Maddow didn't make any attempt to address these obvious points. We'll guess that very few of her viewers could have addressed such issues.
To Maddow, it seemed obvious that Alabama should have more than one majority-black district. She didn't explain why she thought that, and she didn't explain the legal or constitutional basis on which a litigant could argue that point.
She didn't describe the process by which a larger number of such districts could be obtained. Would something like gerrymandering be involved?
As is the norm within our self-impressed tribe, no explanation was offered by Our Own Rhodes Scholar. Despite that fact, her moral assessment was clear.
So it goes as our failing blue tribe discusses matters of race. Last week, Charles Blow discussed a similar situation in this column for the New York Times.
(Headline: Ron DeSantis’s Race Problem.)
Blow discussed a redistricting dispute in Florida—a redistricting dispute which is supposed to help us see that the Others are racist. But then, in our current state of disarray, pretty much everything does!
Tomorrow, we'll look at what Blow said in his column, after which we hope that we will never decide to discuss such topics again. But this is the way a nation ends, not with slam-bang attempts at clarity but with (mandated tribal) whimpers.
In closing, we'll ask you this:
Could you explain why a state like Alabama would be required by the Constitution to have two majority-black districts, not just one?
Remember, we're not asking which number you would prefer. We're asking if you can explain the basis on which the Constitution, or some federal law, would require the larger number.
Do you have any idea how that would work? Would it involve "gerrymanders," and if so, why isn't that legally wrong?
Also, importantly, this:
If someone disagreed with your view on this matter, would that show they were racist?
Tomorrow: From reading Blow, you'd never guess what Judge Lewis said
For the record: According to the Census Bureau, Alabama's population in July 2021 was 26.8% black.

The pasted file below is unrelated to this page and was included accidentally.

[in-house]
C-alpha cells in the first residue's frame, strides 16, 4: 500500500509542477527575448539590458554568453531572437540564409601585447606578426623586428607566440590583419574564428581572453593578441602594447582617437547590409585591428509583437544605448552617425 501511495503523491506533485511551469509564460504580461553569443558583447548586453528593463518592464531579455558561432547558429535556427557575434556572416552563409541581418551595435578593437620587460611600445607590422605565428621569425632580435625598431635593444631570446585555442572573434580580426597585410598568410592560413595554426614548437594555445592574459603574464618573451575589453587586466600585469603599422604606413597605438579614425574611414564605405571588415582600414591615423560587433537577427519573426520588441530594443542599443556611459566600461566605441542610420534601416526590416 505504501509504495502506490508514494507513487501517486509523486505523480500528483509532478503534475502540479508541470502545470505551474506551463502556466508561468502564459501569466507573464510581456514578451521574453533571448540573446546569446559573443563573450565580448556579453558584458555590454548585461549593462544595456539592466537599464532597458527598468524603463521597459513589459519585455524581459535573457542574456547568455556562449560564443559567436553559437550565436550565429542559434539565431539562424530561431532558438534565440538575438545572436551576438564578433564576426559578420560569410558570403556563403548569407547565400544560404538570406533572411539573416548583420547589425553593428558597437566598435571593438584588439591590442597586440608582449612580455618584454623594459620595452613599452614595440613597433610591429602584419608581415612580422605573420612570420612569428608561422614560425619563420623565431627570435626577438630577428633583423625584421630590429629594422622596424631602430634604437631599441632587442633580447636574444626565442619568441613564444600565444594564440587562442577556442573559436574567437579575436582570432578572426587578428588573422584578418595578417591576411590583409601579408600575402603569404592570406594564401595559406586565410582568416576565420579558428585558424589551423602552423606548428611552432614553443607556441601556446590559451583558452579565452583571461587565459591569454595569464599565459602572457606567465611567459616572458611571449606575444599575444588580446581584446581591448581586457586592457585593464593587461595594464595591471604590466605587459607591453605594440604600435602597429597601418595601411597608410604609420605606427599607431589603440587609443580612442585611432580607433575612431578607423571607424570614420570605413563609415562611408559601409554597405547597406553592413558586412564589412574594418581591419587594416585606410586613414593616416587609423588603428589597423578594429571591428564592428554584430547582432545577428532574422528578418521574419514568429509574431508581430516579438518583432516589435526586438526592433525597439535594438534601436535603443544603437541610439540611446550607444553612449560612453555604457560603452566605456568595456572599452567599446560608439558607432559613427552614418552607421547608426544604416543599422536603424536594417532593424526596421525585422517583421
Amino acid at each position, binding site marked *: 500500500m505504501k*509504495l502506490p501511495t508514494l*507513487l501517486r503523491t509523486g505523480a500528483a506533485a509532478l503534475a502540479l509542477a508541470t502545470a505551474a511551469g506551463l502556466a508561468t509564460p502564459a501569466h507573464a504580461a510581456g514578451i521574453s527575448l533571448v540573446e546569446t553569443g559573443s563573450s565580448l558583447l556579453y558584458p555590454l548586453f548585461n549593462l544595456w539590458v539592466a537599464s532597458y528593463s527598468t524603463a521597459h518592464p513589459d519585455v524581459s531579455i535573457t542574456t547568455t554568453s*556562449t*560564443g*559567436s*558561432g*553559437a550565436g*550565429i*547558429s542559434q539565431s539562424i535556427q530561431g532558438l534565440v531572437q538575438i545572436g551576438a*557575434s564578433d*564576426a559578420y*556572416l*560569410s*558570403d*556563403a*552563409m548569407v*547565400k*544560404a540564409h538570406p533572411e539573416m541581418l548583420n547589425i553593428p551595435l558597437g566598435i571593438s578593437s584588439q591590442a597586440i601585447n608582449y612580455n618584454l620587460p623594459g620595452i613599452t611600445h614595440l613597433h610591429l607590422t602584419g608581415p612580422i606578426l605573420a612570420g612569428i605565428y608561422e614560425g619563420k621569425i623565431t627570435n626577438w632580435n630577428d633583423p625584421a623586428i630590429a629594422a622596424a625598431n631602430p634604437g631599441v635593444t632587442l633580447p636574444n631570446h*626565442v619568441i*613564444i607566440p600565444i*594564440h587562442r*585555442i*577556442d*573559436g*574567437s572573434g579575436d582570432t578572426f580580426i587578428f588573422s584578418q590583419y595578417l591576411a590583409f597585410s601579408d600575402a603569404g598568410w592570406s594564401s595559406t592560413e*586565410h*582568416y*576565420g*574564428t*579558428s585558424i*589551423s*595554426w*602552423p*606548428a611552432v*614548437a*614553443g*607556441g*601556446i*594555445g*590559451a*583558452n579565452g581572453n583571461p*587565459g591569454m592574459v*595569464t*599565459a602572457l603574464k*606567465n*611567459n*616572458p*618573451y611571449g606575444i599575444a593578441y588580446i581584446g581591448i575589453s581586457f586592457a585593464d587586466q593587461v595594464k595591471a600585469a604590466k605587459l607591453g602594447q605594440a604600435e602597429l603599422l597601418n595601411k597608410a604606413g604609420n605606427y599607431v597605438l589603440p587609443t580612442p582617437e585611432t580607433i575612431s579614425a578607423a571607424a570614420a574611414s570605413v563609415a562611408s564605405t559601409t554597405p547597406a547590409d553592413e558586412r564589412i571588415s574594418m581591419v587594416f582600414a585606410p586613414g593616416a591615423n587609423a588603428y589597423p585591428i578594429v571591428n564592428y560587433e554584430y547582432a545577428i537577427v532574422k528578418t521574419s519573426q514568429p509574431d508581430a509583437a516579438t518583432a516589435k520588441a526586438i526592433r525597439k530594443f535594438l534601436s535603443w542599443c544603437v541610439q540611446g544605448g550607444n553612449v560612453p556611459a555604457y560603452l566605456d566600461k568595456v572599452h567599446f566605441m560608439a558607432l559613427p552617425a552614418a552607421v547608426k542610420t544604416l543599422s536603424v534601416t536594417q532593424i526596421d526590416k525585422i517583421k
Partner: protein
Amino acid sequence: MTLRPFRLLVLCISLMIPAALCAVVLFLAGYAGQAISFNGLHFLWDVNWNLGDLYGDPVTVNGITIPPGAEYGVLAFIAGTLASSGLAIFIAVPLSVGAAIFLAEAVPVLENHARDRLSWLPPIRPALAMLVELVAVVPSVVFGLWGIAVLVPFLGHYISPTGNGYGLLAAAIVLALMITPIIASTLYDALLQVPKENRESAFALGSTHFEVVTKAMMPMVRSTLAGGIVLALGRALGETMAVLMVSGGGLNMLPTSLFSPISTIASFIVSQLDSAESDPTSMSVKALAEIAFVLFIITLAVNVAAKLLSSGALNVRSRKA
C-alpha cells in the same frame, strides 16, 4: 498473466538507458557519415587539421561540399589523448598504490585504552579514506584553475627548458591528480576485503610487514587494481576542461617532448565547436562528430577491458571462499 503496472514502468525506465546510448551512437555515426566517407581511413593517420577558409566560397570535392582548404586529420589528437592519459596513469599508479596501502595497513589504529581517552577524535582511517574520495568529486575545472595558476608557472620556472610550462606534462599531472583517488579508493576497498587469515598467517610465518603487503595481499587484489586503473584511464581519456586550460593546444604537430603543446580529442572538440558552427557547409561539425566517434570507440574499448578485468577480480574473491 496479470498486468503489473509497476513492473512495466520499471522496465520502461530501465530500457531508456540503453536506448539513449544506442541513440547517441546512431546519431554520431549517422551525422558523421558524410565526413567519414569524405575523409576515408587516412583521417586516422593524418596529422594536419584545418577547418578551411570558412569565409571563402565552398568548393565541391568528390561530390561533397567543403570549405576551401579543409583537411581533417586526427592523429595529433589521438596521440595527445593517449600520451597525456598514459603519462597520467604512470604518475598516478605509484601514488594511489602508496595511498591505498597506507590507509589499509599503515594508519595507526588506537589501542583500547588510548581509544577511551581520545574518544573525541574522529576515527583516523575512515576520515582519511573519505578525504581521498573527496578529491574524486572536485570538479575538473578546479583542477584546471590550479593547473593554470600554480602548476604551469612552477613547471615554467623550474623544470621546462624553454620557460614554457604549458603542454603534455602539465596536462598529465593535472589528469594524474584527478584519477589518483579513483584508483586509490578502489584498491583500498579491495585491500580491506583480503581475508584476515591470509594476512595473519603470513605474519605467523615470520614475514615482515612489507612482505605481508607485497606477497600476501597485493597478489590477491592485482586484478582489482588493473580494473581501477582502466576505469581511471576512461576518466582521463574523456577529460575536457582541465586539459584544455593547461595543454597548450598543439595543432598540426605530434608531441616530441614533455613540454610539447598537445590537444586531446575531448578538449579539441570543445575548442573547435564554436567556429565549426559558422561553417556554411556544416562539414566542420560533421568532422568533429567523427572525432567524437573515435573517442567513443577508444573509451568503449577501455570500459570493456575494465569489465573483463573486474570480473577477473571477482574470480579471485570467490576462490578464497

If we don't continuously stoke hate and racism, how are blacks going to remain miserable enough to vote for Democrats?ReplyDelete
"The organization seems to have judged that those respondents had thereby "indicate[d] a more receptive attitude to racist beliefs" through their stated reaction to the fuzzy statement."ReplyDelete
No, through their stated reaction to that quoted statement and ten other questions. This is how Somerby puts his thumb on the scales -- by lying about how the questionnaire works. All of a person's answers count, not just one.
"Or at least, that's the way Jennifer Rubin described it in this remarkably fuzzy column for the Washington Post."ReplyDelete
Somerby then attributes his own misunderstanding to Rubin, but she didn't say the scores were based on the answer to a single question, as Somerby did.
Repeatedly calling a study "fuzzy" is not actually a criticism. It is name-calling. There was nothing fuzzy about the question, nor about the %s of people who said yes or no to it. Somerby claims to be confused by the question, but those taking the survey had no trouble deciding that they disagreed or agreed with the statement.
"If someone disagreed with your view on this matter, would that show they were racist?"
But of course, dear Bob. And not just "on this matter" -- on any one of your tribe's bullshit talking point. That's what being liberal is all about.
...and thank you, as always, dear Bob, for documenting this tiny-little portion of the recent liberal atrocities...
If someone disagreed with your view on which Monopoly token you favored that would show they were racist.Delete
The Ukrainians are advancing in Kherson Oblast.Delete
It seems to me that asking a question about whether today's white people bear any responsibility for today's racial problems (which are rooted in past actions of white people) has a lot of relevance to assessing someone's racial attitudes and beliefs.Delete